Almost-Silly West Setting, Nation, and Space in Atwood's "Backdrop Addresses Cowboy"

The Old West, or the Wild West, has become one of the most prominent landscapes of America nostalgia in the modern world. Margaret Atwood, a poet whose distaste for American expansionism is evident in her writing, uses this backdrop to explore notions of location regarding the relationship between self and other. We can look at the idea of location, and topography in general, in Margaret Atwood’s “Backdrop Addresses Cowboy” in three ways: as setting, as nation, and as space.


The setting of this poem is especially poignant because it is an actual set. The fact that Atwood presents the “almost-silly West” as a stage set functions on multiple levels. Firstly, it points to the construction of the narrative, as it is revealed to be a figment of the speaker’s mind by the end of the poem. Furthermore, it points to the construction of the poem as a whole in a metafictional manner. Because the reader knows the narrative is mentally constructed by the speaker, the fact that Atwood presents the speaker’s mental landscape as a stage set implies that it is meant to be watched; the speaker is putting on a performance of some kind, which is exactly what happens each time the reader consumes the poem. Also, the stage set makes physical the unrealistic and romanticized discourse surrounding the Old West. The Old West epitomizes a nostalgic and romanticized version of American adventure and the American dream. When the speaker tells the cowboy “I am the horizon / you ride towards, the thing you can never lasso,” Atwood is deconstructing the idea of “riding off into the sunset.” The horizon here is intangible and unreachable, and, above all, attaining it accomplishes nothing. By making her Old West setting artificially manufactured, Atwood points to the fact that our romanticized ideals of the Old West are also artificially contrived.


We can also view location in “Backdrop Addresses Cowboy” through the framework of nationalistic discourse. Even though national identity is somewhat lacking in Canadian poetry, we must view Canadian poets and poems as distinctly Canadian.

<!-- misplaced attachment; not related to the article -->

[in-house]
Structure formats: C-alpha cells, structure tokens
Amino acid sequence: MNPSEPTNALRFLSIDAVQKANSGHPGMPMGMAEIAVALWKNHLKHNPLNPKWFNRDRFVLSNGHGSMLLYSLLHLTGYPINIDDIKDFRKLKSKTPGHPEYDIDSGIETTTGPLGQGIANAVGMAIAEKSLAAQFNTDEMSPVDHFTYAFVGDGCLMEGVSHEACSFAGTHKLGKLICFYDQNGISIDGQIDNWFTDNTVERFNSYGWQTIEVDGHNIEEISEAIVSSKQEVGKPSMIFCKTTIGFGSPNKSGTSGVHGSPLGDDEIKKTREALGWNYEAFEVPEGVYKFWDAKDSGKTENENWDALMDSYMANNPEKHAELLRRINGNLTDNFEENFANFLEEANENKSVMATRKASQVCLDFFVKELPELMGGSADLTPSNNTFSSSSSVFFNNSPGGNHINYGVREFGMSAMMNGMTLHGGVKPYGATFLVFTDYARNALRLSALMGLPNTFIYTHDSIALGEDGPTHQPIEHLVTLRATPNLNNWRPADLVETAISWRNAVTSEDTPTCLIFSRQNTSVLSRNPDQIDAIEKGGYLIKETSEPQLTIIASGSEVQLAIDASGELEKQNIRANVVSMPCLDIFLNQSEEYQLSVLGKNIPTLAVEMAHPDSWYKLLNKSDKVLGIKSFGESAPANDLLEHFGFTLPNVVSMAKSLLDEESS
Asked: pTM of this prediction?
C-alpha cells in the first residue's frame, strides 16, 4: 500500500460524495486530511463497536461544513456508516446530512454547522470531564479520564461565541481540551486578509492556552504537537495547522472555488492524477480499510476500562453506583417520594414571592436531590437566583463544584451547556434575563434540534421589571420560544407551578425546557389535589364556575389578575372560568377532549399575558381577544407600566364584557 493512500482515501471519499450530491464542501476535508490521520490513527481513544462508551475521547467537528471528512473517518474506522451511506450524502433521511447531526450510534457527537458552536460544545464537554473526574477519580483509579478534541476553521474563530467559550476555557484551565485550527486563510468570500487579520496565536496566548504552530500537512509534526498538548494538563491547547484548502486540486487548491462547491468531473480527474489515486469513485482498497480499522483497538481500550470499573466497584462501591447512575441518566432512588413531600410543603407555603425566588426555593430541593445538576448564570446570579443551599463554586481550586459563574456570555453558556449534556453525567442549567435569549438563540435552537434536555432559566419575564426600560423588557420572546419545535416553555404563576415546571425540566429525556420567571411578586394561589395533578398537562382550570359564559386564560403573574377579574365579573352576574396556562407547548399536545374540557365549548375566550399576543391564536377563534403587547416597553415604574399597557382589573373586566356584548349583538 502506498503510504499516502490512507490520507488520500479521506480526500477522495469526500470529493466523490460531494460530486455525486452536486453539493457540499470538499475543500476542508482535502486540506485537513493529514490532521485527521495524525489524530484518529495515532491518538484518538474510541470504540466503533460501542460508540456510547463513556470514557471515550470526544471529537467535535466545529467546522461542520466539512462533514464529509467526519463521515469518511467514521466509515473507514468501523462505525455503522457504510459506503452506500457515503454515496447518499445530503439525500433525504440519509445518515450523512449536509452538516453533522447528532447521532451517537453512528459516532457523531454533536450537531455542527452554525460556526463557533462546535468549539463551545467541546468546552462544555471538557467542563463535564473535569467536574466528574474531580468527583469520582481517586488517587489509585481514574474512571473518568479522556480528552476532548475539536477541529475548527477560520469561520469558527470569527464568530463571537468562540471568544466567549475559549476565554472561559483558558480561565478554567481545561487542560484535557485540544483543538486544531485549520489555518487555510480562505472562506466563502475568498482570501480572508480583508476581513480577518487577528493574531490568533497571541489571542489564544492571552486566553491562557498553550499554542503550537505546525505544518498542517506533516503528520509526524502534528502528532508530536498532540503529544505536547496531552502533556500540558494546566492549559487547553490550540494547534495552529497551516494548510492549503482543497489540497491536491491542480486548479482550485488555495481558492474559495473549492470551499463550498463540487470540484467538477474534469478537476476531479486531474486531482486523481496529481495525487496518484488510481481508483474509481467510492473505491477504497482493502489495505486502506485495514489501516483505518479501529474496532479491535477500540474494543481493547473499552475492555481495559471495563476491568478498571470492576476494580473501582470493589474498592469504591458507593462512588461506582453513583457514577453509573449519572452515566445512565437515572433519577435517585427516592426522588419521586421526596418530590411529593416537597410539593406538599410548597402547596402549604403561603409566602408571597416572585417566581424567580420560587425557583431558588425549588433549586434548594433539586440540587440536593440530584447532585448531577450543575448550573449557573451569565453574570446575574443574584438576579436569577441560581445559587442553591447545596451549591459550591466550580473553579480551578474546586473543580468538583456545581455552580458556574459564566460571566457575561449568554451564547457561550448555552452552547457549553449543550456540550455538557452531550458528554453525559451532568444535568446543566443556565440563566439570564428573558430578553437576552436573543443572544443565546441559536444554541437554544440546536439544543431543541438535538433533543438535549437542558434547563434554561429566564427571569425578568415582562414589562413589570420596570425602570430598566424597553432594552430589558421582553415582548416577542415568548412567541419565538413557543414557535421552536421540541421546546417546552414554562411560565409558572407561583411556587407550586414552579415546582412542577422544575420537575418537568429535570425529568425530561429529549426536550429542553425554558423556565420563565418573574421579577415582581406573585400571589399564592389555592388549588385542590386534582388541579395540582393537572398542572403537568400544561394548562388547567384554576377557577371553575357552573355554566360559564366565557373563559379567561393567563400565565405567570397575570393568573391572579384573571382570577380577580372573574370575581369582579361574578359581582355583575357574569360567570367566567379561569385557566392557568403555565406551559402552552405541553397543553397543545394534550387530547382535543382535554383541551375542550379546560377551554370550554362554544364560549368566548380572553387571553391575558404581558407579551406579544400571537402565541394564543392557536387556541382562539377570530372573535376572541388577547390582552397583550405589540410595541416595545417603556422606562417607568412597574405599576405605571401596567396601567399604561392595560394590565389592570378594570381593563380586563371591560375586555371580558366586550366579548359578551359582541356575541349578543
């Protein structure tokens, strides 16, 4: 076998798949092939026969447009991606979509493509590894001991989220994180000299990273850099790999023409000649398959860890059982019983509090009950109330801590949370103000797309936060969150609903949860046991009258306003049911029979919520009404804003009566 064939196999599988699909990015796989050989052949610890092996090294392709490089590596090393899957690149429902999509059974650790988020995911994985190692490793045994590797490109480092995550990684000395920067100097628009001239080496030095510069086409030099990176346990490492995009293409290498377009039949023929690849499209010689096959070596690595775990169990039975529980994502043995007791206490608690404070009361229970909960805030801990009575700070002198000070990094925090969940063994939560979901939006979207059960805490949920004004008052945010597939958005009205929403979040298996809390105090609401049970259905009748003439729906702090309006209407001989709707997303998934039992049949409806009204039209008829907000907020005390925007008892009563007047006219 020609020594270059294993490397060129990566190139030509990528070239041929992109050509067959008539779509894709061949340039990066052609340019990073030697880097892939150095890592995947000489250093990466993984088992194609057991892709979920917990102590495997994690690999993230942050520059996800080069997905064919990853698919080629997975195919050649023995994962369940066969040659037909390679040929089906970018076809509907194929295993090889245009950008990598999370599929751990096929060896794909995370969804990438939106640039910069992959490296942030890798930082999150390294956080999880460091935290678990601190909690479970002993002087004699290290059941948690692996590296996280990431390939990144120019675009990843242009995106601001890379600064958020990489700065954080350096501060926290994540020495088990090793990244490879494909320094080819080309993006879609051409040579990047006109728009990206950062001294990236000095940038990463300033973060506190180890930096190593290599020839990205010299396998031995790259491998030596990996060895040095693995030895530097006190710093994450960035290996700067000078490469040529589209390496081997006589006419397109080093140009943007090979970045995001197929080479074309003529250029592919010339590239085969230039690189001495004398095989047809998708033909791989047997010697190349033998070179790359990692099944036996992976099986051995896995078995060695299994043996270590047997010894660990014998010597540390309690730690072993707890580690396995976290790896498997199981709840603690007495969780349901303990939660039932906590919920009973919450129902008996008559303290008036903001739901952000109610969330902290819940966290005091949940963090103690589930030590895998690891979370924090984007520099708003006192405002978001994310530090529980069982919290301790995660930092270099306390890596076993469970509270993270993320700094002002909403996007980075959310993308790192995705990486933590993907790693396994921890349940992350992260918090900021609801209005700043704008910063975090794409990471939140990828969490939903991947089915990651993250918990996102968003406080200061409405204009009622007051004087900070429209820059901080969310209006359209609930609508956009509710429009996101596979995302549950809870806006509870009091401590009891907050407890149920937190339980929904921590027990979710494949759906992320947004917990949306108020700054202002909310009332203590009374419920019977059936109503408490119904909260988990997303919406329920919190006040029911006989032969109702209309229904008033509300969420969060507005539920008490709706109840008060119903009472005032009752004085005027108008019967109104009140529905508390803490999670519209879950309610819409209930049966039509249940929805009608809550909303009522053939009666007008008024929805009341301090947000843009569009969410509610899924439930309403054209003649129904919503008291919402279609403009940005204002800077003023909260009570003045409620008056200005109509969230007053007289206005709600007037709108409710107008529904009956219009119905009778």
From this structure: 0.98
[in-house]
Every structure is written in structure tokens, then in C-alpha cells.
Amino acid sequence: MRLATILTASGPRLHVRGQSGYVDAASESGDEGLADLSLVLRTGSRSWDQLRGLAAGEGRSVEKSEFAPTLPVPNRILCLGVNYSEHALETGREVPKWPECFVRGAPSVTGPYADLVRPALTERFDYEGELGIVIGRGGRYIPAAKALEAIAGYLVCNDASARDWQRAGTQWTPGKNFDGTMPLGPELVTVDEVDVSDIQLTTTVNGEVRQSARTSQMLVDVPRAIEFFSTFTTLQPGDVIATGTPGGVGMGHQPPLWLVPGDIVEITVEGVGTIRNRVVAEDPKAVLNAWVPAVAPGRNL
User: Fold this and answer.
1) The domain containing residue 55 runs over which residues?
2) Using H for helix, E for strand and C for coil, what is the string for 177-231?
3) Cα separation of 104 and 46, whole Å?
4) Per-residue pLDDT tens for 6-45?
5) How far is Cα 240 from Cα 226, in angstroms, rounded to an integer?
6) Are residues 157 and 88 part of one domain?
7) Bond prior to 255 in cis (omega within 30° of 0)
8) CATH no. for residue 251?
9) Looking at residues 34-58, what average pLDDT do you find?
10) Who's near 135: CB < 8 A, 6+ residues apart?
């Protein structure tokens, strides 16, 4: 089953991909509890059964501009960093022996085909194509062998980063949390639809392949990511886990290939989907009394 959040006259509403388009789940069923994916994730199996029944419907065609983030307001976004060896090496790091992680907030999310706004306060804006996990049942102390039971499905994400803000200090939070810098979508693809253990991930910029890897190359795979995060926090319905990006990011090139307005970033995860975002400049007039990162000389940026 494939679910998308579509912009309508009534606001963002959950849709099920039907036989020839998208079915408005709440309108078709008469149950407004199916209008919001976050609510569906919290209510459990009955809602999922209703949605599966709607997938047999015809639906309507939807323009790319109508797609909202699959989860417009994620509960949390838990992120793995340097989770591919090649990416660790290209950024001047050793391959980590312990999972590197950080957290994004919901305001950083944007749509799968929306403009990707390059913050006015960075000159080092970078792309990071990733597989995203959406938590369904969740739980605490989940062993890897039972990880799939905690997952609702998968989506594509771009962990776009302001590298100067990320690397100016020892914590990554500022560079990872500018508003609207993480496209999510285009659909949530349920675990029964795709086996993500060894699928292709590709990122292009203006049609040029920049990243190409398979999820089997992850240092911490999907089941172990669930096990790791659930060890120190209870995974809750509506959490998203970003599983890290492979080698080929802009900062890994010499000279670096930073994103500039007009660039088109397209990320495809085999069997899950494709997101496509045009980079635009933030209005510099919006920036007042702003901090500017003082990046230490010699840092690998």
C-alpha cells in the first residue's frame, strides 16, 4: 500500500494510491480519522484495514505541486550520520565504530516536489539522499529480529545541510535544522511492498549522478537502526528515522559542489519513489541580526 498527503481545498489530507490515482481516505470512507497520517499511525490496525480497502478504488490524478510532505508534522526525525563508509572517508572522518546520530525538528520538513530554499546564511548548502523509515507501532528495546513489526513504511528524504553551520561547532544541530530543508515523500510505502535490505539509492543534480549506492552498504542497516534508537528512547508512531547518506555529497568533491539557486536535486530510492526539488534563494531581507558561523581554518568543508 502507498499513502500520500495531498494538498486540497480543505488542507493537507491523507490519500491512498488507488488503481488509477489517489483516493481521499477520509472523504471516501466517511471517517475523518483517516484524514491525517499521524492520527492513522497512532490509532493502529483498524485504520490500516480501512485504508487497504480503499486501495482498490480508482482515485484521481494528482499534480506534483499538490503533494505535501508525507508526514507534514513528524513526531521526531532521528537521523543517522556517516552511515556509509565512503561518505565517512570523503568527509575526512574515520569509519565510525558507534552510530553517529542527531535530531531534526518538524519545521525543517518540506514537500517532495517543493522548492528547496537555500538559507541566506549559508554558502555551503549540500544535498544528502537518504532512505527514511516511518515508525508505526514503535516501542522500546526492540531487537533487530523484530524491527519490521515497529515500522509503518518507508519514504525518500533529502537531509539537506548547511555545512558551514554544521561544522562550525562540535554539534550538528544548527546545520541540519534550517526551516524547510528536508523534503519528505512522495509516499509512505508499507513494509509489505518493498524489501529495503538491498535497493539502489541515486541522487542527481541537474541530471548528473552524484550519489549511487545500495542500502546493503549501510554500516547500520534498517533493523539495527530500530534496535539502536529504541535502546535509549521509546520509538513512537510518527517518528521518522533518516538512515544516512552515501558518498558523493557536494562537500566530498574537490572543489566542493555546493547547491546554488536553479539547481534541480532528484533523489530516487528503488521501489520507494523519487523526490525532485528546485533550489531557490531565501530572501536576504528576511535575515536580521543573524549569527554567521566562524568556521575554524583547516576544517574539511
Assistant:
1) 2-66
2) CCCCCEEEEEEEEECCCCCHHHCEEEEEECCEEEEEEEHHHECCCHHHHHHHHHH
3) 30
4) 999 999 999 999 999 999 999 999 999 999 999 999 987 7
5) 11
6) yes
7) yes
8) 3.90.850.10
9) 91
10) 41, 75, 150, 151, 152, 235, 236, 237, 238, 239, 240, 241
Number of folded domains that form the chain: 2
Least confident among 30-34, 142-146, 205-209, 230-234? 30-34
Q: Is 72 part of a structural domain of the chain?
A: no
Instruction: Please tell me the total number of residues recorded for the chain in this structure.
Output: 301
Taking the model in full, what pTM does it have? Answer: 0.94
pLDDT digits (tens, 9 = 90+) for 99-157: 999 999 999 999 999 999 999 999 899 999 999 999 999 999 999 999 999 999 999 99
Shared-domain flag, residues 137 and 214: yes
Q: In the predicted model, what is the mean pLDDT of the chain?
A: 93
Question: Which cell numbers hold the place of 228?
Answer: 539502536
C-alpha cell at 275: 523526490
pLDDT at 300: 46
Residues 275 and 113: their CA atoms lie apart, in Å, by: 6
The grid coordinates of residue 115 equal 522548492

Topography in "Backdrop Addresses Cowboy" exposes the nationalistic rift between American and Canadian identity.

As such, the American imagery in Atwood’s poem, both in the form of the “starspangled” cowboy and the idea of the “Old West" in general, becomes especially poignant. We can view the physical separation between Canada and America as macrocosmically reflected in the tension between the speaker’s mental state and her perception of self. The “border” the cowboy is trying to cross speaks to national borders, but also to the border between mental and physical experience. Similarly, the cowboy “invading” the speaker’s mental landscape is made physical through the idea of invasion between countries. As such, Atwood’s distinctly American setting presents the cowboy as a figure who not only threatens the speaker’s personal identity, but her cultural identity as well.


However, this national perspective of setting becomes complicated when we view the location of the poem as part of the speaker’s mental landscape. The last two stanzas categorize the speaker not as a subject that occupies space, but as an area of space herself.

The speaker describing herself as a location rather than an individual lends itself to the nationalistic reading of this poem. Just like, as readers, we extrapolate a single subject into an entire nation, Atwood expands the individual subject into an entire space. However, we must be acutely aware that this space that the cowboy is occupying is the speaker’s own mind. In this sense, the artificial stage set that makes up the poem’s setting seems to suggest an insincere, constructed, or false sense of self. Ultimately, Atwood's contrived yet organic setting speaks to the divide between nations, self and other and, finally, oneself and one's self.



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